Seth Godin had a great post this week called ‘I don’t get it.’ He talked about the importance of moving beyond “spoon fed” experiences to seek out new and difficult situations. In his words, “the best opportunity you’ve got to grow and to make an impact is to seek out the, “I don’t get it,” moments, and then work at it and noodle on it and discuss it until you do get it.”
I have seen this idea/concept in many places. The term ‘fail better’ or ‘fail smarter’ has been popping up more and more in things I’ve read, and 99u’s book Maximize Your Potential had a whole chapter on Taking Risks, with section titles like “Re-engineering the way we think about mistakes” and “Leaning into Uncertainty.” I think Steven Johnson (in Where Good Ideas Come From) does the best job of boiling down the concept of seeking out unfamiliar and uncomfortable territory:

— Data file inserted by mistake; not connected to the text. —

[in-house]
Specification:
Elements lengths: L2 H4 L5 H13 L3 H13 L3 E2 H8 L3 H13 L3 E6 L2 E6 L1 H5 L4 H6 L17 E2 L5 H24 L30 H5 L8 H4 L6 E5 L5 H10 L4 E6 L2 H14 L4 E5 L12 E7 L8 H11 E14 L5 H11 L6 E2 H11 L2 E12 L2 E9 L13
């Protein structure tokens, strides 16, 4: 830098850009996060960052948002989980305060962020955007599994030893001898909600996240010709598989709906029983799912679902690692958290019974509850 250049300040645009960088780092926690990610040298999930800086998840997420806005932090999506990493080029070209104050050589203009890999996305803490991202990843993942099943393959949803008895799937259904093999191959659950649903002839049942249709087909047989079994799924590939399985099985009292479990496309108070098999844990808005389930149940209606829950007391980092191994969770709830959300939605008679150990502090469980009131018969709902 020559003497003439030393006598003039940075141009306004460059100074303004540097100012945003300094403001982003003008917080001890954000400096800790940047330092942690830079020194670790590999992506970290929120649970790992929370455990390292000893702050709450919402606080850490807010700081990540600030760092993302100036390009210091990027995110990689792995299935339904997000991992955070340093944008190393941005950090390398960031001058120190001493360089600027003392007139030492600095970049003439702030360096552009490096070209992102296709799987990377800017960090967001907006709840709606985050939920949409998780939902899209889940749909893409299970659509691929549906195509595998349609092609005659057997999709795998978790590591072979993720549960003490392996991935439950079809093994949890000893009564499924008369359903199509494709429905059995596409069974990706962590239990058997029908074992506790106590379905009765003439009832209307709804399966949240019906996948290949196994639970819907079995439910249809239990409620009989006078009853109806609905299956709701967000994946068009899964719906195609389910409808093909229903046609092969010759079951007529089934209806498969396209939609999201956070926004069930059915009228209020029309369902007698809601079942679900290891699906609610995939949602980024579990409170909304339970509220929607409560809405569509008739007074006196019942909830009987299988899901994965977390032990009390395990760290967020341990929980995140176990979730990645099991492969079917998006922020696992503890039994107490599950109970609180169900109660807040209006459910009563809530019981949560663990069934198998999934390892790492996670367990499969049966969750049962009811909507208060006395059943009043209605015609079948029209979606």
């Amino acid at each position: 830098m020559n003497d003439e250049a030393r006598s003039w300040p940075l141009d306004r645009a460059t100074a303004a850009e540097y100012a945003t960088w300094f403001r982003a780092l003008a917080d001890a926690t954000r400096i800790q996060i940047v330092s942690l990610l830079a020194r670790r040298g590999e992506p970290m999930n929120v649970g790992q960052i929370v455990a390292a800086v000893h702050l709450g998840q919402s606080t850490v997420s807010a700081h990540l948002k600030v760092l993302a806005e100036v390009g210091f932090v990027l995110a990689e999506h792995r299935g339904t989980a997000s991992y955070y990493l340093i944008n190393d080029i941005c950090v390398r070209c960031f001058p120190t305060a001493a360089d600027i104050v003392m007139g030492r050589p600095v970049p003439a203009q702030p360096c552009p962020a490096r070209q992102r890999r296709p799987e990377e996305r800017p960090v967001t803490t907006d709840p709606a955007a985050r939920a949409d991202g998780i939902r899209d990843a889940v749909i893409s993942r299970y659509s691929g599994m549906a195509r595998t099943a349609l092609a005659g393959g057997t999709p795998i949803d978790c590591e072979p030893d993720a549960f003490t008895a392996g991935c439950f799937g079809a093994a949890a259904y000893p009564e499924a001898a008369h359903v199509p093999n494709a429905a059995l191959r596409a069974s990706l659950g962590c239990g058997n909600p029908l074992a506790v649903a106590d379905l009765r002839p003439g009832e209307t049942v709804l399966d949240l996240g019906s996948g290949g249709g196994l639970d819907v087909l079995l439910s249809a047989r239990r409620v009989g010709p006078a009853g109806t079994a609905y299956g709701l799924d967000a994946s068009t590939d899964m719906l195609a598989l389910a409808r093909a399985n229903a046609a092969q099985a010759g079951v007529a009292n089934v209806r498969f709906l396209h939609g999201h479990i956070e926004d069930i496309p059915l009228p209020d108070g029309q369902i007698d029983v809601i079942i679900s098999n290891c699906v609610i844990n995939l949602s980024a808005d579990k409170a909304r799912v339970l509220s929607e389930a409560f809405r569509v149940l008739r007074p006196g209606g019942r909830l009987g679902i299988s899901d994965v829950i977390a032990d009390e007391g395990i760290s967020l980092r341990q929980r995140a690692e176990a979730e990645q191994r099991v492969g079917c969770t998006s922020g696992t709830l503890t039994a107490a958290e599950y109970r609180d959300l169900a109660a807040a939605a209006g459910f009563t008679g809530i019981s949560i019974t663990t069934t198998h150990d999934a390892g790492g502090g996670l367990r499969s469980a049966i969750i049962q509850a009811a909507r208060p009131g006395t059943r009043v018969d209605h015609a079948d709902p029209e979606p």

‘Being right keeps you in place, being wrong forces you to explore.'
Being able to persevere through difficulty and learn new things is clearly important. But how do we learn to do that? How do we learn to explore when we don’t know. Seth had an important question at the beginning of his post, which is the same question I had after reading the post.
Who is teaching us to look deeper?
As an academic tutor, I work with students in the ‘I don’t get it’ moments every day, and this is an extremely important question for me. In every session, I try to be the one teaching how to look deeper. However, this cannot be achieved by demanding that they embrace failure and struggle through it.